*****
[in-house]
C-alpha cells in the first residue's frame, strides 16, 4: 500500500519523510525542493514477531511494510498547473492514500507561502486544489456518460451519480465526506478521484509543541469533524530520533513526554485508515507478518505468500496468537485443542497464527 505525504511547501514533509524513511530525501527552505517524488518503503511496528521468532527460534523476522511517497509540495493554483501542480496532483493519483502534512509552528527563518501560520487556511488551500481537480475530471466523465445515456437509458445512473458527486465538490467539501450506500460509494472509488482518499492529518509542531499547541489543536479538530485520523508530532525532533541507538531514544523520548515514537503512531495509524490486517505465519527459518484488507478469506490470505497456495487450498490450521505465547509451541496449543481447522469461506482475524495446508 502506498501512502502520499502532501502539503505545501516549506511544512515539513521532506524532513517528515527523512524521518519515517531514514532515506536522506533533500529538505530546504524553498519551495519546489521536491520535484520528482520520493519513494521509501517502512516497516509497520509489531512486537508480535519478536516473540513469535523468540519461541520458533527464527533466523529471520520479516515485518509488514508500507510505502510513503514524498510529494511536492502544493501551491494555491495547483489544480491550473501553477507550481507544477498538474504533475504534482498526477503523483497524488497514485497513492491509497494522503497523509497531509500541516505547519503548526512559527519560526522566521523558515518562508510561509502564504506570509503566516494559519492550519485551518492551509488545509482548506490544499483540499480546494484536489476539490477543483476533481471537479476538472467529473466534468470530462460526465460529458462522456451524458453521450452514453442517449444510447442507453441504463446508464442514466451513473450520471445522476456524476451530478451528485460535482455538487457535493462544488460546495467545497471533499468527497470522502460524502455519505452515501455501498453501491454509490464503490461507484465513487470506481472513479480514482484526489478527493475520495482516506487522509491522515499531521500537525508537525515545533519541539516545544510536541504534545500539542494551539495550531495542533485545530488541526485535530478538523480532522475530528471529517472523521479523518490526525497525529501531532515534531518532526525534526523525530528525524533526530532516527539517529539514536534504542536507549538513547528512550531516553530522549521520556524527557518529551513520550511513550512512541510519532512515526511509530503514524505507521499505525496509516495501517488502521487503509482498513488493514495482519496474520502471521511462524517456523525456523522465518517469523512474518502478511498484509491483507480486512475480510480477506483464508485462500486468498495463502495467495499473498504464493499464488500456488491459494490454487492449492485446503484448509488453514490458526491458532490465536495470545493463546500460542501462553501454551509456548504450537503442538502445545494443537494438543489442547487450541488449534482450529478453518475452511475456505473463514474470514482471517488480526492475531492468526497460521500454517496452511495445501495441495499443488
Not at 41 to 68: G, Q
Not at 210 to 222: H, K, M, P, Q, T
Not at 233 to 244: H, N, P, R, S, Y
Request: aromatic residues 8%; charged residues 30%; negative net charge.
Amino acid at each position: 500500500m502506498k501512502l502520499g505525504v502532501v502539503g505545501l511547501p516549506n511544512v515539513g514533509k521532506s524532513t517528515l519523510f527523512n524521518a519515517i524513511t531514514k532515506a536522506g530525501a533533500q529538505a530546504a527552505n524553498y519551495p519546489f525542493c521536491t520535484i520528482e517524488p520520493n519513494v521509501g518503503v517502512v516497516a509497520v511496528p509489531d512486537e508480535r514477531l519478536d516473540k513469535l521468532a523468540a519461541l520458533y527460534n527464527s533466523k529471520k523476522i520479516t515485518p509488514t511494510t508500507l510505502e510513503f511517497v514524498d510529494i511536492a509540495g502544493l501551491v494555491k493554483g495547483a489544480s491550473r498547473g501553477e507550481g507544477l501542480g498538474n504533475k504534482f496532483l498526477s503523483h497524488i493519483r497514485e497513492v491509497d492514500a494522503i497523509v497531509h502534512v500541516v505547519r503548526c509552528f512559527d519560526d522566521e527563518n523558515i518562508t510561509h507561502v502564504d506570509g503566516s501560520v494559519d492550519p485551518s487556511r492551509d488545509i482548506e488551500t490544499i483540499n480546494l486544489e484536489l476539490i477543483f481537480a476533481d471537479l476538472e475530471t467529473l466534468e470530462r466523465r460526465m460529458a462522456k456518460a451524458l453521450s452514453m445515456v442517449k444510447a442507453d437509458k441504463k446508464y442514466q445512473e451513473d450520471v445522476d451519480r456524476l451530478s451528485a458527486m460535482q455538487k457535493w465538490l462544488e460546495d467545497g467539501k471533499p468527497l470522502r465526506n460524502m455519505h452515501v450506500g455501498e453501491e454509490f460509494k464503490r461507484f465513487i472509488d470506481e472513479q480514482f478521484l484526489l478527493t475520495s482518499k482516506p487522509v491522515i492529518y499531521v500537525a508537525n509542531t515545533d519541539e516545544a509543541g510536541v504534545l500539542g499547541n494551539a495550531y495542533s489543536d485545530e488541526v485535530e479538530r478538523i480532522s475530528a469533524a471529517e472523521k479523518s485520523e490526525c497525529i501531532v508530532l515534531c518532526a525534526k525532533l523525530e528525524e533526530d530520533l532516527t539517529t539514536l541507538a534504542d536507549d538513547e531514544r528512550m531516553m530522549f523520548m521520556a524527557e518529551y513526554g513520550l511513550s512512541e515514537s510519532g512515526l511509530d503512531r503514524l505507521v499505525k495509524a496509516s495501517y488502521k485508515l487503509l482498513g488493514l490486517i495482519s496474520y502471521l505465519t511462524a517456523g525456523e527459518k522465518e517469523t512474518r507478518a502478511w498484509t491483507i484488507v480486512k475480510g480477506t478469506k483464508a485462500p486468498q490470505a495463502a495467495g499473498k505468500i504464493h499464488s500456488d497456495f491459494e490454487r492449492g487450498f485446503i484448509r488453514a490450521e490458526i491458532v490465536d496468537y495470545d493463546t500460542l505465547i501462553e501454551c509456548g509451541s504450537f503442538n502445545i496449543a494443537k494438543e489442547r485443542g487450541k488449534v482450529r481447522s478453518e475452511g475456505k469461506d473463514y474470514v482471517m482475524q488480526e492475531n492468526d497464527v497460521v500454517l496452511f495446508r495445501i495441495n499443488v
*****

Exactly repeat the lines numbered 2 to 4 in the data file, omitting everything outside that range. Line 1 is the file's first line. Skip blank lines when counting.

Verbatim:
C-alpha cells in the first residue's frame, strides 16, 4: 500500500519523510525542493514477531511494510498547473492514500507561502486544489456518460451519480465526506478521484509543541469533524530520533513526554485508515507478518505468500496468537485443542497464527 505525504511547501514533509524513511530525501527552505517524488518503503511496528521468532527460534523476522511517497509540495493554483501542480496532483493519483502534512509552528527563518501560520487556511488551500481537480475530471466523465445515456437509458445512473458527486465538490467539501450506500460509494472509488482518499492529518509542531499547541489543536479538530485520523508530532525532533541507538531514544523520548515514537503512531495509524490486517505465519527459518484488507478469506490470505497456495487450498490450521505465547509451541496449543481447522469461506482475524495446508 502506498501512502502520499502532501502539503505545501516549506511544512515539513521532506524532513517528515527523512524521518519515517531514514532515506536522506533533500529538505530546504524553498519551495519546489521536491520535484520528482520520493519513494521509501517502512516497516509497520509489531512486537508480535519478536516473540513469535523468540519461541520458533527464527533466523529471520520479516515485518509488514508500507510505502510513503514524498510529494511536492502544493501551491494555491495547483489544480491550473501553477507550481507544477498538474504533475504534482498526477503523483497524488497514485497513492491509497494522503497523509497531509500541516505547519503548526512559527519560526522566521523558515518562508510561509502564504506570509503566516494559519492550519485551518492551509488545509482548506490544499483540499480546494484536489476539490477543483476533481471537479476538472467529473466534468470530462460526465460529458462522456451524458453521450452514453442517449444510447442507453441504463446508464442514466451513473450520471445522476456524476451530478451528485460535482455538487457535493462544488460546495467545497471533499468527497470522502460524502455519505452515501455501498453501491454509490464503490461507484465513487470506481472513479480514482484526489478527493475520495482516506487522509491522515499531521500537525508537525515545533519541539516545544510536541504534545500539542494551539495550531495542533485545530488541526485535530478538523480532522475530528471529517472523521479523518490526525497525529501531532515534531518532526525534526523525530528525524533526530532516527539517529539514536534504542536507549538513547528512550531516553530522549521520556524527557518529551513520550511513550512512541510519532512515526511509530503514524505507521499505525496509516495501517488502521487503509482498513488493514495482519496474520502471521511462524517456523525456523522465518517469523512474518502478511498484509491483507480486512475480510480477506483464508485462500486468498495463502495467495499473498504464493499464488500456488491459494490454487492449492485446503484448509488453514490458526491458532490465536495470545493463546500460542501462553501454551509456548504450537503442538502445545494443537494438543489442547487450541488449534482450529478453518475452511475456505473463514474470514482471517488480526492475531492468526497460521500454517496452511495445501495441495499443488
Not at 41 to 68: G, Q
Not at 210 to 222: H, K, M, P, Q, T